With Indiana Jones and the Kingdom of the Crystal Skull finally hitting the big screen this week, we knew it was time to refresh our memories of Indy’s original travels before diving into his next (and presumably last) archeological adventure. The original Indiana Jones trilogy is an absolute classic, right up there with Star Wars, The Godfather and The Lord of the Rings, and as far as pure adventure franchises go, it easily tops the list. Needless to say, it’s a special series. In fact, Paramount feels it’s special enough to warrant the DVD release of Indiana Jones: The Adventure Collection, a compilation of special-edition versions of each film sold either as a set or individually for the first time.
The Indiana Jones trilogy first released on DVD five years ago, re-mastered and sweetened for modern TVs, A/V receivers and DVD players. At the time, the set was only available as a complete trilogy, so Paramount is positioning this release of The Adventure Collection as the first opportunity to buy Raiders of the Lost Ark, Temple of Doom and The Last Crusade individually. But let’s be honest: who in their right mind would truly by one of these films? These movies are like salt and pepper — you always pick them up together — so in our mind, the re-release is nothing more than a marketing ploy to capitalize on Indiana Jones fever. And we really don’t care.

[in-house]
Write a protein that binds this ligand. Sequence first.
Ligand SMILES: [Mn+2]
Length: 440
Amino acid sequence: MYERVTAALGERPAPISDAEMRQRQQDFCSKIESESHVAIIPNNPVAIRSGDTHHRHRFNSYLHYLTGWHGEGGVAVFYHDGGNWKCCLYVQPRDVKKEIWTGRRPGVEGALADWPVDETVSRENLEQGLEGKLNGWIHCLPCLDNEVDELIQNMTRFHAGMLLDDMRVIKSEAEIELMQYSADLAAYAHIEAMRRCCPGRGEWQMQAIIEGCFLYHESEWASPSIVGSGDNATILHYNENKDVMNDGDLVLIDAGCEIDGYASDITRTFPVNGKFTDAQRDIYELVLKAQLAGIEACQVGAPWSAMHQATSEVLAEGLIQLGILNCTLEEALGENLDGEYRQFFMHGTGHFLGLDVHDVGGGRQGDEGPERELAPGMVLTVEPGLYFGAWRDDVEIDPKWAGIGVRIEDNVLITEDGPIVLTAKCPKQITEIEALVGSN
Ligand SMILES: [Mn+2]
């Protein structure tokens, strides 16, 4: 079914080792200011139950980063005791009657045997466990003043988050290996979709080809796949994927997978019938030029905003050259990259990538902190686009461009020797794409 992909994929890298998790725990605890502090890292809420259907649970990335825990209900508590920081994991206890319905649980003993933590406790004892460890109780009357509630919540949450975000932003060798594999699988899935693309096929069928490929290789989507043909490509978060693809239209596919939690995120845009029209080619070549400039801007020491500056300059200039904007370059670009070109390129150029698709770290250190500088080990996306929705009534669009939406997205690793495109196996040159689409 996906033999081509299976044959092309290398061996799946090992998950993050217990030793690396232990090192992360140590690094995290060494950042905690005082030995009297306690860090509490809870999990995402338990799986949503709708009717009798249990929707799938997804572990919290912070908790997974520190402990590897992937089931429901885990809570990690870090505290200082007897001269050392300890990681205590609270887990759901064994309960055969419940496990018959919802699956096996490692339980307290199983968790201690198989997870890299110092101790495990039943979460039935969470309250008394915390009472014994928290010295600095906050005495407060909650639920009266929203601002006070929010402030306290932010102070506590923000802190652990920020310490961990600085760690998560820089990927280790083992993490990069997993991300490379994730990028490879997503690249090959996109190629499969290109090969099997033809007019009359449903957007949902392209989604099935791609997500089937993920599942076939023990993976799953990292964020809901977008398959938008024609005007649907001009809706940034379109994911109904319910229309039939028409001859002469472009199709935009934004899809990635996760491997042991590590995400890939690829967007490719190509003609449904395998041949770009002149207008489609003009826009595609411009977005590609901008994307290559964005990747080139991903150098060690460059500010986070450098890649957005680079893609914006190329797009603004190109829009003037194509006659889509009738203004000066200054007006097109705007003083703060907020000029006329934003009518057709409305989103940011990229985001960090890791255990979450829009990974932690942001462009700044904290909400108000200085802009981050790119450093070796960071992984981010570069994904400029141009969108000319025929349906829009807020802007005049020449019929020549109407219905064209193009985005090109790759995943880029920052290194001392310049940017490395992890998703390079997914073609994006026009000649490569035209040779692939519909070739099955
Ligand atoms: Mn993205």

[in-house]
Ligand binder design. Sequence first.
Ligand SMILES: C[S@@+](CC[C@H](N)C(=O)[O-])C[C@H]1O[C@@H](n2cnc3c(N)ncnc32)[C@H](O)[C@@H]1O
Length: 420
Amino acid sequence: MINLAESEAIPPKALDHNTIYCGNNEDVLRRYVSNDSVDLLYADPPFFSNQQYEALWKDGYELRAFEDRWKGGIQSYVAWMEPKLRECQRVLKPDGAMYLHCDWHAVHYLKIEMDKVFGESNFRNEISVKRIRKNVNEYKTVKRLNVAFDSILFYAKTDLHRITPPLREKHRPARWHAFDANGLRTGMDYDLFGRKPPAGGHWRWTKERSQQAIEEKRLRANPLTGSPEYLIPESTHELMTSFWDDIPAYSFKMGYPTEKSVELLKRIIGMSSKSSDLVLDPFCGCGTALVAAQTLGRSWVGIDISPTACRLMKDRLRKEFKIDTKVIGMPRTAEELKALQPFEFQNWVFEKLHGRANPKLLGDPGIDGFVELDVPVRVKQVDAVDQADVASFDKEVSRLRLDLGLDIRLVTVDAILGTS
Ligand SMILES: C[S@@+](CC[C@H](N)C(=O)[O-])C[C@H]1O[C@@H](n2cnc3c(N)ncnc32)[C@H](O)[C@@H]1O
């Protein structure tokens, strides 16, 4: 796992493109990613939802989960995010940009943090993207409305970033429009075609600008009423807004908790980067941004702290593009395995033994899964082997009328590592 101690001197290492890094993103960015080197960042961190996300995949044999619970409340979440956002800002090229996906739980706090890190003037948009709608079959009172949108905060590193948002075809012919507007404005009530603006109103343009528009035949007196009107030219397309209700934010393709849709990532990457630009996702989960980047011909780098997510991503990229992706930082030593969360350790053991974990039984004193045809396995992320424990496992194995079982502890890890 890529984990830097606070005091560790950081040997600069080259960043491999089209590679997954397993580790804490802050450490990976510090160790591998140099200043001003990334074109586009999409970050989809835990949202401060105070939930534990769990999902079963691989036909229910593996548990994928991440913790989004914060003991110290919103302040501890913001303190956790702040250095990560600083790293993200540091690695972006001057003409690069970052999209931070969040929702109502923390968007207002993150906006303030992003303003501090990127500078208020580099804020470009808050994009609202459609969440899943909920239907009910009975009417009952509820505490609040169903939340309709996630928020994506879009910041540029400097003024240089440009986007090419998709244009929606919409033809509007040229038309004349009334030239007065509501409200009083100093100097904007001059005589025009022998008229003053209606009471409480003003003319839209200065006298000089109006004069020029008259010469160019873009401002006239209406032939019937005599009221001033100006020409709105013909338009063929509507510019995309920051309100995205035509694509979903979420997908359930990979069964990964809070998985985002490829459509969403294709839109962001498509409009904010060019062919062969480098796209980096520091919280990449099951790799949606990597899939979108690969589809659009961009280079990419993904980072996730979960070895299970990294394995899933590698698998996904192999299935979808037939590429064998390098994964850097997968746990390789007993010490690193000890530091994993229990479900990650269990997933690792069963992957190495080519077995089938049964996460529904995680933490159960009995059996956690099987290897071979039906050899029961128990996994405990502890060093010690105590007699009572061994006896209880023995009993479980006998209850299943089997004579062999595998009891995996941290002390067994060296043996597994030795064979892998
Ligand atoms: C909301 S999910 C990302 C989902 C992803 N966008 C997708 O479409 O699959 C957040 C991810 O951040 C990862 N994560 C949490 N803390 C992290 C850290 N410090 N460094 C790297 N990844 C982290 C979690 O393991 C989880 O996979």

Going into an actual movie review for each of these films is pointless, because if you’re reading this article, you already know what happens in each: Indiana Jones seeks a priceless artifact that “belongs in a museum,” encounters some Nazis, meets a girl, takes down some baddies with a bullwhip or pistol, and either gets what he’s looking for or ensures it will never fall into the wrong hands. Formulaic? Sure, but it’s not the “what’s going to happen?” that entices viewers, it’s the “how will Indy get from Point A to Point B.” And that, boys and girls, is where the Indiana Jones trilogy really shines.